What Tech You Need to Use RoboDK’s VR Feature

The latest version of RoboDK includes virtual reality support for the very first time. What technology do you need to use this new feature? Here’s a guide.

Virtual reality (VR) has been gradually making its way into businesses over the last decade. As VR technology has gotten smaller, better, and cheaper, the number of industrial applications has grown. Industries as diverse as health care, retail, defense, logistics, construction, and automotive are already on-board.

However, although the technology is cheaper and better than it has ever been in the past, there is still an initial cost. If you want to try out virtual reality for yourself, you’re going to have to invest in some new technology.

If you want to try out our new VR feature in the latest version of RoboDK, you’ll have to buy, borrow, or rent some VR kit.

Here’s an introductory guide to the tech you will need for virtual reality robot programming.

The High, Medium and Low End of VR Technology

Almost every virtual reality system is based around a headset. This is strapped around your head and contains a screen which is held a few centimeters from your eyes.

But, before you can get a VR headset strapped around your head, the first hurdle is getting your head around the different types of VR headset!

There are at least 4 different options:

Ultra-High-Tech: Full Body Immersion

The ultra-high-tech option involves kitting out an entire room with detailed body trackers and equipping the user with haptic vests. Using custom-designed tools that are tracked in the real-world, the users can interact very realistically in the virtual environment, both with the virtual world and with other users who are in the room with them.

This ultra-high-end of VR is brand new — the only company I know is doing it is startup Sandbox VR which was Series A funded in early 2019. It is also almost certainly far too advanced for such a simple task as offline programming a robot.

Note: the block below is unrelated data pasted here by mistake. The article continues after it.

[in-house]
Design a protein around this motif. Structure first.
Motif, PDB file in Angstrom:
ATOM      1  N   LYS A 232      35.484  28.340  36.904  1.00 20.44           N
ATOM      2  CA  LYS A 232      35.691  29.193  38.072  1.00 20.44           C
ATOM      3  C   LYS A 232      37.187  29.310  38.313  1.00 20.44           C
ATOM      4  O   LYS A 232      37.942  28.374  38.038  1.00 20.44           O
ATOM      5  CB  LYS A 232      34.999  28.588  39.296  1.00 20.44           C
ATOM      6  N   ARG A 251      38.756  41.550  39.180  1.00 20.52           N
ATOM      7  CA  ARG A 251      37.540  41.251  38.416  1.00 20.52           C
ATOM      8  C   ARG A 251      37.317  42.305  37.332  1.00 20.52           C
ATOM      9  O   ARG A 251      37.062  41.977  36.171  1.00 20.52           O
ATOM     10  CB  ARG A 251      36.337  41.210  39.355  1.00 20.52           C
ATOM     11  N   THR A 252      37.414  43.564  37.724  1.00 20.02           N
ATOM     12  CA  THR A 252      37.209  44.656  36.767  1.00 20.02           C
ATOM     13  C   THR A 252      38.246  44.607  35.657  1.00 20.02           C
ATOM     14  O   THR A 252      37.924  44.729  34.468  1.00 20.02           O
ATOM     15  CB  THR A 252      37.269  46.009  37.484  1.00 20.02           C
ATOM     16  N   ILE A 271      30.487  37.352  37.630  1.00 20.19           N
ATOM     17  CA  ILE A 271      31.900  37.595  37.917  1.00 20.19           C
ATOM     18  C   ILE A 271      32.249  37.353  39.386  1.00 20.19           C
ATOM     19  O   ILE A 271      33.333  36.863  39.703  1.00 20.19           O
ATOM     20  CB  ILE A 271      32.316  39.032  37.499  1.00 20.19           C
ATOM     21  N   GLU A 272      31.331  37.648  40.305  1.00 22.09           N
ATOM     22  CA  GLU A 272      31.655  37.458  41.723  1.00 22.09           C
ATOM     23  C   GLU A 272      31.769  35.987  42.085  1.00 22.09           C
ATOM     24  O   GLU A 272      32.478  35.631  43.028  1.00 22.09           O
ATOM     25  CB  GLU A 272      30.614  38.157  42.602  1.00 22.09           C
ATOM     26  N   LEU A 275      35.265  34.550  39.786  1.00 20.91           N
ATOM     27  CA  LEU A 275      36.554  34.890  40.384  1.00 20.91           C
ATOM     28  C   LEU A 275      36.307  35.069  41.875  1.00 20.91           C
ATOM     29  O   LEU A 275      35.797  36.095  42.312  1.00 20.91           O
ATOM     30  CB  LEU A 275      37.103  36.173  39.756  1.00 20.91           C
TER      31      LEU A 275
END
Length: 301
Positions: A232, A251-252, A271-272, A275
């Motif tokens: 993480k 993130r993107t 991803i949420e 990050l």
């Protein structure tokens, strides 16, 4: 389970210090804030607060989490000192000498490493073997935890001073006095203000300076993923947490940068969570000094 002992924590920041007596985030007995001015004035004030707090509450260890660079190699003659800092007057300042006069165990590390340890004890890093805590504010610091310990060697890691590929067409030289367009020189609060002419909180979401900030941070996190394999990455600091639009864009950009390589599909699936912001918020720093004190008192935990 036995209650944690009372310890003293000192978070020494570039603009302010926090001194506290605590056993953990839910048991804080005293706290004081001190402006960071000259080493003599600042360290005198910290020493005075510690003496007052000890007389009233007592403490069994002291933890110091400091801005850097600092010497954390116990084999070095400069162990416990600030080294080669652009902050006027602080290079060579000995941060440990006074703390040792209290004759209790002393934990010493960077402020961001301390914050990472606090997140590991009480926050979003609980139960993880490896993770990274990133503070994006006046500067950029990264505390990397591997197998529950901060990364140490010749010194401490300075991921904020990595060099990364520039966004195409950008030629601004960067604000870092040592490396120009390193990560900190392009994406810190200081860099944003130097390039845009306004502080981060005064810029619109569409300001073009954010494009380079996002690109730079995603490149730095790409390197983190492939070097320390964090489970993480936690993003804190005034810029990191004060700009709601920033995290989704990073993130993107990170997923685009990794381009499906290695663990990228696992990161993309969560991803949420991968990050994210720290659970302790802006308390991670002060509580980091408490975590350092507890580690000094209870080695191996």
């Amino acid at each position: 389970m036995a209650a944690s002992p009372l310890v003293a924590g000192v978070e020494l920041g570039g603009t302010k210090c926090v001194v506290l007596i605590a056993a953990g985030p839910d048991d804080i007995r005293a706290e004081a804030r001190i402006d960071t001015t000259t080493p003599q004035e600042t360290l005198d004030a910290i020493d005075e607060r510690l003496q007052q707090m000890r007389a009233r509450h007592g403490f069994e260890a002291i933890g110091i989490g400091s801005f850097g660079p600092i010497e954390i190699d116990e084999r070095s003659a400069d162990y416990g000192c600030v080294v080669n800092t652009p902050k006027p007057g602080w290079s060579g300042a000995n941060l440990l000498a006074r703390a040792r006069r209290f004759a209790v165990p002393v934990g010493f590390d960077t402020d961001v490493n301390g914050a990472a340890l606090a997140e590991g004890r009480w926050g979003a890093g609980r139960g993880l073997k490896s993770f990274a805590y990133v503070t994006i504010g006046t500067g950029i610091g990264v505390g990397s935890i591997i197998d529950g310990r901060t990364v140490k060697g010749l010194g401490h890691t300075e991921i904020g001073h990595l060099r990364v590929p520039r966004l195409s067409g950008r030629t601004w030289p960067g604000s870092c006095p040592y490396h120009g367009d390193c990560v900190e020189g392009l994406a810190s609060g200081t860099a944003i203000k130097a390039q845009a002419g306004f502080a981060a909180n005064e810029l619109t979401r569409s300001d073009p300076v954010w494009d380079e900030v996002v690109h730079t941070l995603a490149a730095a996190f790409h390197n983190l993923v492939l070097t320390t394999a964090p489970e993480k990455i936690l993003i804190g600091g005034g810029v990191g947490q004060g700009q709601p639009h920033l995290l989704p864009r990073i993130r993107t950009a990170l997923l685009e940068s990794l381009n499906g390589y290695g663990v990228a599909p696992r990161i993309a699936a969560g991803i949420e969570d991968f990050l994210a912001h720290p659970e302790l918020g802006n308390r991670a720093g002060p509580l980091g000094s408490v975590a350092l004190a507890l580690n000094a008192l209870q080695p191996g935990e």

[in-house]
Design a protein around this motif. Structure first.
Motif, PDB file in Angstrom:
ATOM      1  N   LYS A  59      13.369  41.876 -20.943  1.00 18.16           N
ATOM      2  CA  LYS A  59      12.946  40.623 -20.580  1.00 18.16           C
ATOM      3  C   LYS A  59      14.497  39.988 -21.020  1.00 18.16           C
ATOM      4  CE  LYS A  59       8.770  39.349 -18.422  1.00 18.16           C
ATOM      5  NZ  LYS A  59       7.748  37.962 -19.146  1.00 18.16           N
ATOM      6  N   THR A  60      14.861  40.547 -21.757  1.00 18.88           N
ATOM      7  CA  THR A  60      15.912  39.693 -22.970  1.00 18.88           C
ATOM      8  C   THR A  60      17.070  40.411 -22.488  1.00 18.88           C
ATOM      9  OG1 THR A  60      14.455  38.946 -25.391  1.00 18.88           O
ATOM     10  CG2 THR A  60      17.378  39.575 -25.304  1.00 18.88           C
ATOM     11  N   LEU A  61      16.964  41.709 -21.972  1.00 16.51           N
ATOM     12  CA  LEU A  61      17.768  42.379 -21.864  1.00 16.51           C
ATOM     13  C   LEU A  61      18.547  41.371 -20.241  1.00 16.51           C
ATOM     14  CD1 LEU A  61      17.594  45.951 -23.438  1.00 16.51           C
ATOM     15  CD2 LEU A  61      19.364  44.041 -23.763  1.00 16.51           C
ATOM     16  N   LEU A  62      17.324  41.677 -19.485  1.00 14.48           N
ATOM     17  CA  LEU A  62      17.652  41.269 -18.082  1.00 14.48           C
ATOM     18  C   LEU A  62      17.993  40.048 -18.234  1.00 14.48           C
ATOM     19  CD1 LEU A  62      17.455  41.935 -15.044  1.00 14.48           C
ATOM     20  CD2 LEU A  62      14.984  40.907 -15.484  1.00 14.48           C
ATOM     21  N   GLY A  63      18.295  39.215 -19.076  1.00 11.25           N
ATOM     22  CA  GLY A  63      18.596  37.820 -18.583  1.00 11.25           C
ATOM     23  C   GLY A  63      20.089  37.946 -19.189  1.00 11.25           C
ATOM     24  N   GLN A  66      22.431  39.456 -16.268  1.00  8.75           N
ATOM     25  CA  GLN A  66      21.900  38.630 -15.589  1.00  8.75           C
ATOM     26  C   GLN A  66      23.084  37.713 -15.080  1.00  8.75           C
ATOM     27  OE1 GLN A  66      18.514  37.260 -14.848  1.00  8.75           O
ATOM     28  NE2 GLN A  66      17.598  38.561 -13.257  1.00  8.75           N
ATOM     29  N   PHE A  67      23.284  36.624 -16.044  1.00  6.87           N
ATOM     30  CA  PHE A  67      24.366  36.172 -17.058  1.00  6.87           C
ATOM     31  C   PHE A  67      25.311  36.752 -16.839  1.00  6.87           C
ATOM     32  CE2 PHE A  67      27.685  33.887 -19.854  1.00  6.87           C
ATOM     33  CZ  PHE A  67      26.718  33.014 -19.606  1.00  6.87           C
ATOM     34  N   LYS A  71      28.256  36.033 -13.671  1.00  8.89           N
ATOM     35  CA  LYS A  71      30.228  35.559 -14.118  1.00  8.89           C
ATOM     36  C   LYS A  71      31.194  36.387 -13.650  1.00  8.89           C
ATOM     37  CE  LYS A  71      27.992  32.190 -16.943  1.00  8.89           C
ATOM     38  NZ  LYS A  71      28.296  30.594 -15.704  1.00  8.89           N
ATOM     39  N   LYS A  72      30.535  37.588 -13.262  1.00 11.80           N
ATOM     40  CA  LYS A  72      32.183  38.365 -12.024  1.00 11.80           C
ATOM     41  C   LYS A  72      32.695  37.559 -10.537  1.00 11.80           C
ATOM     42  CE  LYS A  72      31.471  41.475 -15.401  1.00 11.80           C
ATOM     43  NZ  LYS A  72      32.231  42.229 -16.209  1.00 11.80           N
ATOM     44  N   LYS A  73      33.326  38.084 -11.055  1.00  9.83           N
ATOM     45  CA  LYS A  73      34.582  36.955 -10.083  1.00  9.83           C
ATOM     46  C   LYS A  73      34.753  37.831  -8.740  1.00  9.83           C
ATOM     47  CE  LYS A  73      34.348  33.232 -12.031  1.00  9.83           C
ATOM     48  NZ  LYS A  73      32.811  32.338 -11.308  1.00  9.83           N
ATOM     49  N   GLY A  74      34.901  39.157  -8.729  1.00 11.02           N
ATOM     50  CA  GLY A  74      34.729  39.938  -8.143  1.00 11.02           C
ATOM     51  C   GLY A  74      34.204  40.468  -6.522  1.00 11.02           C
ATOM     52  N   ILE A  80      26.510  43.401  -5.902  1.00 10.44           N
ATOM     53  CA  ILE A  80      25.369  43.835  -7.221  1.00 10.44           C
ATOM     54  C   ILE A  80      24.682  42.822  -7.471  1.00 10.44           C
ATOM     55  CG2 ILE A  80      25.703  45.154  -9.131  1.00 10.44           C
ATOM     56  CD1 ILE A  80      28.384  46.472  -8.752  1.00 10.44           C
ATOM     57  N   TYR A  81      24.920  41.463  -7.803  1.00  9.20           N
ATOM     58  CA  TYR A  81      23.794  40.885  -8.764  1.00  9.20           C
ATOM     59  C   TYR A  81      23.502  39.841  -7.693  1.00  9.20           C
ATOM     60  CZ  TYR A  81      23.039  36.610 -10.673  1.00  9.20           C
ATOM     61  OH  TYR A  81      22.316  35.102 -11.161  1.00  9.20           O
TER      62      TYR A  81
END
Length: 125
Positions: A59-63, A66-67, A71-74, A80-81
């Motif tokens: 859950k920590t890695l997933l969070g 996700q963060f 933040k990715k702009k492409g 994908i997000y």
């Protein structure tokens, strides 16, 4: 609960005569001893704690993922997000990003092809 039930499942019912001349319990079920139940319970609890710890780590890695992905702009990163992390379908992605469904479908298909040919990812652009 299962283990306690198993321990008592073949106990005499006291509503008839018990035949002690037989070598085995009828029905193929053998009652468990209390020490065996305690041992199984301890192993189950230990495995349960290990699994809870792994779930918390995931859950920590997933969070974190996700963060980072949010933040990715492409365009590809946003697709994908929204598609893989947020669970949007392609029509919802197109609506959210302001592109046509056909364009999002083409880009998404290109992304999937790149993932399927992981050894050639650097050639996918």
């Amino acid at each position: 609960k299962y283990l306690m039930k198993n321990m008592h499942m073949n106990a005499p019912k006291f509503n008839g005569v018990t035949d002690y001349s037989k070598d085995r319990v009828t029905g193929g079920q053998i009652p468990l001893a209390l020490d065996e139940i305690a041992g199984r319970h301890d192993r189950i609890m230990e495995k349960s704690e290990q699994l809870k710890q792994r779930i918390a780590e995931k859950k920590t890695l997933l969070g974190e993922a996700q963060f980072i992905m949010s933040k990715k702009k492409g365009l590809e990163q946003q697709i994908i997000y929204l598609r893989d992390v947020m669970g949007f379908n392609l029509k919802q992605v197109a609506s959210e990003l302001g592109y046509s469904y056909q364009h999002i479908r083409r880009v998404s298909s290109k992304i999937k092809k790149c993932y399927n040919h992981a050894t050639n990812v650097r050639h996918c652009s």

The next step above this is probably “full dive VR” which would use a brain-computer interface and is still a long way off.

High-Tech: Immersion and Presence

The most accessible high-tech option is a dedicated VR headset and tracking system. There are several of them on the market. The most well-known are probably the Oculus Rift S and HTC Vive, both of which we’ve tested in RoboDK.

These offer the most comfortable, immersive virtual environments available in the consumer market. Unlike cheaper options, they give you a feeling of virtual “presence” as they track your position in the room, not just “immersion” which is provided by the headset.

They tend to cost around $500+ to purchase.

Medium-Tech: Immersion

There are a ton of medium-range VR headsets available on the market from a huge number of manufacturers. Think of the name of any tech company and they’ve probably got a VR headset. Examples include Samsung Gear, Lenovo Explorer, Acer WMR, HP Reverb, and Dell Visor.

The differences between these headsets vary wildly. Some, such as Samsung Gear, are a single step up from the Google Cardboard (see below) and use your smartphone as the screen. Others have capabilities that near the high tech category.

They tend to cost between $75 to $500 to purchase.

Low-Tech: A Quick, Cheap Way

The cheapest option is to use Google Cardboard or headsets working on a similar principle. These use your smartphone as a screen and provide lenses which focus the images from the phone onto your eyes but no extra sensors. Often, they have a button which presses the screen for you, but that’s all the interaction you get.